Future of the Environment

Barrier islands protect coastlines - but they are also vulnerable

Storm clouds gather above the small huts and tower on Bikeman islet, located off South Tarawa in the central Pacific island nation of Kiribati May 25, 2013. The tower used to mark the centre of the islet, but shifting sand over the years has pushed the tower further into the lagoon. Kiribati consists of a chain of 33 atolls and islands that stand just metres above sea level, spread over a huge expanse of otherwise empty ocean. With surrounding sea levels rising, Kiribati President Anote Tong has predicted his country will likely become uninhabitable in 30-60 years because of inundation and contamination of its freshwater supplies. Picture taken May 25, 2013. REUTERS/David Gray  (KIRIBATI - Tags: ENVIRONMENT POLITICS SOCIETY TPX IMAGES OF THE DAY)ATTENTION EDITORS: PICTURE 35 OF 42 FOR PACKAGE  'KIRIBATI - GONE IN 60 YEARS'. SEARCH 'KIRIBATI' FOR ALL IMAGES - LM2E96A14FH01

Barrier islands protect about 10 percent of coastlines worldwide. Image: REUTERS/David Gray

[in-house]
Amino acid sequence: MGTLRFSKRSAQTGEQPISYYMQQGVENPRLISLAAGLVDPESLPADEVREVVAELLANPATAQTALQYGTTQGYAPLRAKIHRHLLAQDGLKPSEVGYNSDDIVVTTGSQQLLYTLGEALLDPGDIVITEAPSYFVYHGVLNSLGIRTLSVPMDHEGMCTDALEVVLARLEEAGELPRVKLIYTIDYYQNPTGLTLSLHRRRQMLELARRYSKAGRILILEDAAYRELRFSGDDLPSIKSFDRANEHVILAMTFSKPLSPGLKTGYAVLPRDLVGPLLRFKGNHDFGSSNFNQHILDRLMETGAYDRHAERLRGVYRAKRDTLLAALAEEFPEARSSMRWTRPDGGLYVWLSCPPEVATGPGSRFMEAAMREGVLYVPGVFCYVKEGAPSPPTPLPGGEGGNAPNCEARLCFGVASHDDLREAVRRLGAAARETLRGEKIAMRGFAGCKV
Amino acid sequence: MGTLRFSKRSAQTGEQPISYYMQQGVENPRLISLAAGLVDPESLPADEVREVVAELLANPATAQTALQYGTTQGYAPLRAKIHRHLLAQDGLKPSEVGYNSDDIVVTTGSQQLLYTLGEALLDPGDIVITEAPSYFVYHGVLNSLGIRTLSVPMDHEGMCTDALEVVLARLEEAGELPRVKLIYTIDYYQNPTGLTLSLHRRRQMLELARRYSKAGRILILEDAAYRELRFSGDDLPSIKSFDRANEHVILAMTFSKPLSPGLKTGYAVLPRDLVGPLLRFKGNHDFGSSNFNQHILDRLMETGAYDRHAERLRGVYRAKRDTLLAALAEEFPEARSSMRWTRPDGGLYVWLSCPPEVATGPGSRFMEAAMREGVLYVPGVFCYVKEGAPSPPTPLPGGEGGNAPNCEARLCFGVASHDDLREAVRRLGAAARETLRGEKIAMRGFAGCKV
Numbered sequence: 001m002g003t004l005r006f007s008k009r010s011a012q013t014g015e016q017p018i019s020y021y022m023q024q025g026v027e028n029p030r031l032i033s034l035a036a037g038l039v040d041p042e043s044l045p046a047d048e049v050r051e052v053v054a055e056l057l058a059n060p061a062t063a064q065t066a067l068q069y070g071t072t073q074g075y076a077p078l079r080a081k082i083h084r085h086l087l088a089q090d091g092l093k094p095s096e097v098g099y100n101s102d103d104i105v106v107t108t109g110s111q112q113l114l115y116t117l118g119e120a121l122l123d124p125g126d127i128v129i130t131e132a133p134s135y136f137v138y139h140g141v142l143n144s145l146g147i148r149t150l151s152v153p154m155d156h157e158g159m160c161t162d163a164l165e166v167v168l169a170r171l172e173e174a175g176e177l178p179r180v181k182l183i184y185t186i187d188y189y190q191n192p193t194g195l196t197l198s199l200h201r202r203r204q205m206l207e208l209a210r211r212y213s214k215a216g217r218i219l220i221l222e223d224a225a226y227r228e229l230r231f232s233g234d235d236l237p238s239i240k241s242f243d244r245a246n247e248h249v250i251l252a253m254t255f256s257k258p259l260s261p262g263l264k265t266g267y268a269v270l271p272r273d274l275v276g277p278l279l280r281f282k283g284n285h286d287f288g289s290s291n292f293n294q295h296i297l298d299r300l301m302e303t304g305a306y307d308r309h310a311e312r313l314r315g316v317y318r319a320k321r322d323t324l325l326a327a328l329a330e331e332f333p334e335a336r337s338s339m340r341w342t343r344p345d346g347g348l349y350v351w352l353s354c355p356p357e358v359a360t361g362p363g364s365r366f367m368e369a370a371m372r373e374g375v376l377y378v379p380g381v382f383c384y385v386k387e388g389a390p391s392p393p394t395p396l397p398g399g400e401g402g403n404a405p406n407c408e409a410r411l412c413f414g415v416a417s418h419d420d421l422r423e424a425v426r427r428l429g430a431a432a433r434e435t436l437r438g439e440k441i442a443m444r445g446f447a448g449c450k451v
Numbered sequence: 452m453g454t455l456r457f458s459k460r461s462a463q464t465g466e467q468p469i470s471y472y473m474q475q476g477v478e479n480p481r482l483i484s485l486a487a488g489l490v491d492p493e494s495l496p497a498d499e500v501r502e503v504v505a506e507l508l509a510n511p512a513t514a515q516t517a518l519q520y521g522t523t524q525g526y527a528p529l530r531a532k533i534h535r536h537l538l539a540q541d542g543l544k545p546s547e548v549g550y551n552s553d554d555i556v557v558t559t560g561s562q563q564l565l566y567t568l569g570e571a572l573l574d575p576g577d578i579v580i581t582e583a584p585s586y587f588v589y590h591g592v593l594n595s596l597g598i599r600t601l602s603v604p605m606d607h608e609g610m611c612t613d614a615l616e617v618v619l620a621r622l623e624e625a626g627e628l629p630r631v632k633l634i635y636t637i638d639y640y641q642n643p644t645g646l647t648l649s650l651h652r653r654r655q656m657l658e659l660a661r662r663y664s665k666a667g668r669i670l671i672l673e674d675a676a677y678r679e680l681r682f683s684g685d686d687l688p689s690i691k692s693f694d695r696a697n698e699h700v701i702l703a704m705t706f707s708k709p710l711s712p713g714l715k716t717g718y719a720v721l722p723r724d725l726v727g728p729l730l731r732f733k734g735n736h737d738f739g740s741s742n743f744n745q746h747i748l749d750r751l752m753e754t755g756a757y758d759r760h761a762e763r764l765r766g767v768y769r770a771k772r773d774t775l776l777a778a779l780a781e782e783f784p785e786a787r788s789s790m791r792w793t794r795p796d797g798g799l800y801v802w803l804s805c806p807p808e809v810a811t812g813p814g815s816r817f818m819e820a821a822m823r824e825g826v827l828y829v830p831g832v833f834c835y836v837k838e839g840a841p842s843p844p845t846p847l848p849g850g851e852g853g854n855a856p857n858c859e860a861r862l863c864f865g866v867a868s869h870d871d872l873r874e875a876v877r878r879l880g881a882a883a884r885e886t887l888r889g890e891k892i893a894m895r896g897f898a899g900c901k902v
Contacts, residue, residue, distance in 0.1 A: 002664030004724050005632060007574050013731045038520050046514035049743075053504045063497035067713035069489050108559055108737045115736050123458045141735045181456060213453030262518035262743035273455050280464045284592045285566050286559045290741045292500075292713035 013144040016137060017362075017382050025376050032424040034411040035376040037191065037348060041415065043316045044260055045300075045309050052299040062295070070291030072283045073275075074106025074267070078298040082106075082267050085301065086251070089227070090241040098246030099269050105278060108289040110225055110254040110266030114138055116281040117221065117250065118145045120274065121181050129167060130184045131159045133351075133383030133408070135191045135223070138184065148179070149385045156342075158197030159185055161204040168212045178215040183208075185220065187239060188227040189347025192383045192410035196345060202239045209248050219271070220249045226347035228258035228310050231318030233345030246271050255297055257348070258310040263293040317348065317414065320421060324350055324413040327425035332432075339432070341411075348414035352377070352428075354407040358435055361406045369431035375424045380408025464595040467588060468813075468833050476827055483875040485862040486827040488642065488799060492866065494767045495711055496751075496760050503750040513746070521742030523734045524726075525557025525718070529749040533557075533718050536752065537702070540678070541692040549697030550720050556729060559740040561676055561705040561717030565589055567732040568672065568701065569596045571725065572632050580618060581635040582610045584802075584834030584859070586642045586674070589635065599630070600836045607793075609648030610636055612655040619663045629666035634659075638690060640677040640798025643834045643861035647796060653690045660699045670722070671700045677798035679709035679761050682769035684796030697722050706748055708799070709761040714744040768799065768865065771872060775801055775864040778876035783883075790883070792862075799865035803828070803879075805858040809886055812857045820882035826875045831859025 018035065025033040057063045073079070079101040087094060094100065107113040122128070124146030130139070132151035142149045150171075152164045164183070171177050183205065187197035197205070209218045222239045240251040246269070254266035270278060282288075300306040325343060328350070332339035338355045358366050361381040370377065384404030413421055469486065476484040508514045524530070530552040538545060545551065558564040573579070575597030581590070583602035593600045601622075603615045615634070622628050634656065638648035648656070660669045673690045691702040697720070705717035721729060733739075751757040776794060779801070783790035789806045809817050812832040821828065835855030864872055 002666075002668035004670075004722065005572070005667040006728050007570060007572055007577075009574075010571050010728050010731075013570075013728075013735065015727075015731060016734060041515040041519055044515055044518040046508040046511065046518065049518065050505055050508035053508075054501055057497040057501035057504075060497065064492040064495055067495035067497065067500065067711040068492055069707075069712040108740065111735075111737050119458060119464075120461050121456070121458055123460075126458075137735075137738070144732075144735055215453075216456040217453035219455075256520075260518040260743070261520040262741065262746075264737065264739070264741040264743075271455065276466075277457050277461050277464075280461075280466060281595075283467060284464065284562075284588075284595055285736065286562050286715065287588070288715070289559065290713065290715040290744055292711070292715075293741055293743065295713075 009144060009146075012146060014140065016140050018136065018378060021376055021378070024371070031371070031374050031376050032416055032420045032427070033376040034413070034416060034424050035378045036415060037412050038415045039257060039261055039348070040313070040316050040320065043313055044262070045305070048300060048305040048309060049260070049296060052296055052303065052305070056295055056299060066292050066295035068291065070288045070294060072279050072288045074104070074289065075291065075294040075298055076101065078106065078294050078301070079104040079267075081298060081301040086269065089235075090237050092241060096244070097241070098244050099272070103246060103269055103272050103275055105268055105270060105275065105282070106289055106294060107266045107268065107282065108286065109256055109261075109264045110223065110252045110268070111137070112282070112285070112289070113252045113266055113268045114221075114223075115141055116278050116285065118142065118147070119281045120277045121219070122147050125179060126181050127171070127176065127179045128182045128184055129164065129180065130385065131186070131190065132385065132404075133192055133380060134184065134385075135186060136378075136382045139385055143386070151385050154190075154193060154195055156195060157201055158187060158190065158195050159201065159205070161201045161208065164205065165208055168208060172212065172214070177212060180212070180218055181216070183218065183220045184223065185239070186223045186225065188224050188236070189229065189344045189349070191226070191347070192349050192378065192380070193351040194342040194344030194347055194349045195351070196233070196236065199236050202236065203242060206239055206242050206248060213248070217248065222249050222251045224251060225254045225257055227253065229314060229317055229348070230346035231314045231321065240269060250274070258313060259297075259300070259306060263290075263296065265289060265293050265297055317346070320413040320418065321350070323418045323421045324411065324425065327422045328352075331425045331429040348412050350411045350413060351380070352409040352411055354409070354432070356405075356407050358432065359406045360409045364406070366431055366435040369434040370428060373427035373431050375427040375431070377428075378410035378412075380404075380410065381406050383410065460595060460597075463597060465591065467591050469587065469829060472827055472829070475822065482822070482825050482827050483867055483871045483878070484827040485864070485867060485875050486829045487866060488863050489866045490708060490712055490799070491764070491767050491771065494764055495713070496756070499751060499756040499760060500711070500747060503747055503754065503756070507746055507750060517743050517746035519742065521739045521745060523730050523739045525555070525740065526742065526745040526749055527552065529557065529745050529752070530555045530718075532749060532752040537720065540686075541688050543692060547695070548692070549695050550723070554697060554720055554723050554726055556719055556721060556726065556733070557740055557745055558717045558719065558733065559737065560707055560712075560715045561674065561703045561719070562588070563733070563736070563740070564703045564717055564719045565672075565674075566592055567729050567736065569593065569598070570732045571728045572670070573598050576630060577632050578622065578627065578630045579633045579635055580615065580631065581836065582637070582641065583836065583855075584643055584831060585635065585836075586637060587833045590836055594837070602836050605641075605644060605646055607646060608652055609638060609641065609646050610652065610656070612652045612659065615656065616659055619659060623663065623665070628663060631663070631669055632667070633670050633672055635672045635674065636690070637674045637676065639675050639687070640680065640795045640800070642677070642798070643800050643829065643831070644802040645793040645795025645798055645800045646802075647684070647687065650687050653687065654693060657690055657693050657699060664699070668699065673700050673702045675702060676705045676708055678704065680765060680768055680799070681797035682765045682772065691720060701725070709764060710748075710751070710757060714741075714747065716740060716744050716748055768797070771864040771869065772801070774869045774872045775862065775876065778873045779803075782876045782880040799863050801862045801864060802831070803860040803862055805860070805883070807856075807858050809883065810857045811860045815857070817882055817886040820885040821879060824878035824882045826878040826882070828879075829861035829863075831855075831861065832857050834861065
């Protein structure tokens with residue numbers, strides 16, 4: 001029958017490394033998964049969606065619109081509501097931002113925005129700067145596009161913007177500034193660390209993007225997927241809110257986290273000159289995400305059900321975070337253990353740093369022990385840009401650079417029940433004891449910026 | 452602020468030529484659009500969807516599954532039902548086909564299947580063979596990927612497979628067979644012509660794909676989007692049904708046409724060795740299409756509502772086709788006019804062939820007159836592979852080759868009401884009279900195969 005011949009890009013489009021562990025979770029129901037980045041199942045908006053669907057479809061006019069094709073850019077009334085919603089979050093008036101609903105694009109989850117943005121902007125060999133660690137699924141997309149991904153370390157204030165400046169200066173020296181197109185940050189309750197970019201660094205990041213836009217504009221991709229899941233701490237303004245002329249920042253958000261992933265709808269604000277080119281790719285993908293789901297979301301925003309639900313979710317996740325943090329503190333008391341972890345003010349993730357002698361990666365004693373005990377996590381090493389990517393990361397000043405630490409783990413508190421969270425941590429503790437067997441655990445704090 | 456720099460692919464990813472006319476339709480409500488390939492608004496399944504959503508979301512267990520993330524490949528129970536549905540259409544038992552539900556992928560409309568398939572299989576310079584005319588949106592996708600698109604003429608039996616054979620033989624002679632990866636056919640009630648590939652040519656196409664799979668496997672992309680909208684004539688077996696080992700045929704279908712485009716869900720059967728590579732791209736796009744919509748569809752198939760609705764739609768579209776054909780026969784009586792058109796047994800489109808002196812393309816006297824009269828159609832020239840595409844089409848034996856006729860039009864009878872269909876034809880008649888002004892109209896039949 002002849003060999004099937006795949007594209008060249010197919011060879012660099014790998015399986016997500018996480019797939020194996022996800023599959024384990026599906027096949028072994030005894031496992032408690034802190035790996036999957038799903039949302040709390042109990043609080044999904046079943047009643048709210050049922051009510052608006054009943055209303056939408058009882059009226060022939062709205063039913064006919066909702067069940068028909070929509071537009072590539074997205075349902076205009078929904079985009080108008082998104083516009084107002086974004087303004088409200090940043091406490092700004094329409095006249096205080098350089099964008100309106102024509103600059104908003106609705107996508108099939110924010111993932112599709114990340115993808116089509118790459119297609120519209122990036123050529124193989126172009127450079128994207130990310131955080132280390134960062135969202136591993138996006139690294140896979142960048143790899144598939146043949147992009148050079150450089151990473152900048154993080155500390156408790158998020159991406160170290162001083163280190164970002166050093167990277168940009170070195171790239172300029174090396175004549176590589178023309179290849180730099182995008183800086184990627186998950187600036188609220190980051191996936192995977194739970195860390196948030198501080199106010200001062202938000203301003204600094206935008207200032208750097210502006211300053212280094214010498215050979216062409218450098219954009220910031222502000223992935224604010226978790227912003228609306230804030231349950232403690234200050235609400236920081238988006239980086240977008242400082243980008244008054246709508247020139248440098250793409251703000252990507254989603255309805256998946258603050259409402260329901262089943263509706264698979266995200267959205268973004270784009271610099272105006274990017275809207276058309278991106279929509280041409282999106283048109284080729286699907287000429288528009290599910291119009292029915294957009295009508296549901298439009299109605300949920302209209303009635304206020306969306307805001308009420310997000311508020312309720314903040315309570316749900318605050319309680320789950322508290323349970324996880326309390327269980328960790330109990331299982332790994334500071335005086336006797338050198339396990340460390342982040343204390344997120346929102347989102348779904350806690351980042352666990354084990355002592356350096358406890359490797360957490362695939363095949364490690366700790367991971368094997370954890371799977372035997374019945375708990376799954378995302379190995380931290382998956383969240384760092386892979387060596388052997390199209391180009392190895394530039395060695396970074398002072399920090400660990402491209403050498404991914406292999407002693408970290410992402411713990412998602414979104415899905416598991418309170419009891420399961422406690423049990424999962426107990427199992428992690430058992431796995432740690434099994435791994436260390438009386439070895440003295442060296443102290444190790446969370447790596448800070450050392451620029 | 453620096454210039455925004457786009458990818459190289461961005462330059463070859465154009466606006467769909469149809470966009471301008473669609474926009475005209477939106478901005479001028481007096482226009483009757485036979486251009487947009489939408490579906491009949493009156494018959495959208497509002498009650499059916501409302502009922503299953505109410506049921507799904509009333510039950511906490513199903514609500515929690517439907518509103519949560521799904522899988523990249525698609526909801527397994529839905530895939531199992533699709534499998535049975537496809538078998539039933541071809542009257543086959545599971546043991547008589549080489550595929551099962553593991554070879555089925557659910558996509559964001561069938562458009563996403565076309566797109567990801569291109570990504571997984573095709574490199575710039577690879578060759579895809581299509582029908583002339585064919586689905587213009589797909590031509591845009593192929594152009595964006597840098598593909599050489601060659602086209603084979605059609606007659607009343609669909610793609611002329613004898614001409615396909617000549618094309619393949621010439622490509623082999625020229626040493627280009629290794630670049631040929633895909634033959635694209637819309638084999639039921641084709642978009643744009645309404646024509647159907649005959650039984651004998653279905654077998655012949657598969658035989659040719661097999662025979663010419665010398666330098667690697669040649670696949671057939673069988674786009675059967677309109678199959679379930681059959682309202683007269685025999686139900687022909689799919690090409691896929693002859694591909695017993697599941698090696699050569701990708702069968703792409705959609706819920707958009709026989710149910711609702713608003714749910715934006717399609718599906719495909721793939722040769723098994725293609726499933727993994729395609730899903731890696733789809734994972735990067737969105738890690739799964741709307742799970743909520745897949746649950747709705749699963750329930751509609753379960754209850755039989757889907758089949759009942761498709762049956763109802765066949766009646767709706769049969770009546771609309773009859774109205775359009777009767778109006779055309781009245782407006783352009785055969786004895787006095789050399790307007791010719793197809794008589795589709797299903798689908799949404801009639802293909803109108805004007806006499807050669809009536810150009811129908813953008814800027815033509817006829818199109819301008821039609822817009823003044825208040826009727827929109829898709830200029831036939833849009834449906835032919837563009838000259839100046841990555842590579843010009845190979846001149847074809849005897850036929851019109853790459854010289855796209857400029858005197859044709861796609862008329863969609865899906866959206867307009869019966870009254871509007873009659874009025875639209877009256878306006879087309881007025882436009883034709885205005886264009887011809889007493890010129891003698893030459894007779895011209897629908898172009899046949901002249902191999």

Anna Linhoss
Assistant Professor of Agricultural and Biological Engineering, Mississippi State University
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Future of the Environment

 How longshore drift moves sediment along a beach. 1=beach. 2=sea 3=longshore current direction 4=incoming waves 5=swash 6=backwash
Image: USGS
 Landsat image of North Carolina’s Outer Banks enclosing Pamlico Sound.
Image: NASA
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Related topics:
Future of the EnvironmentSustainable DevelopmentOcean
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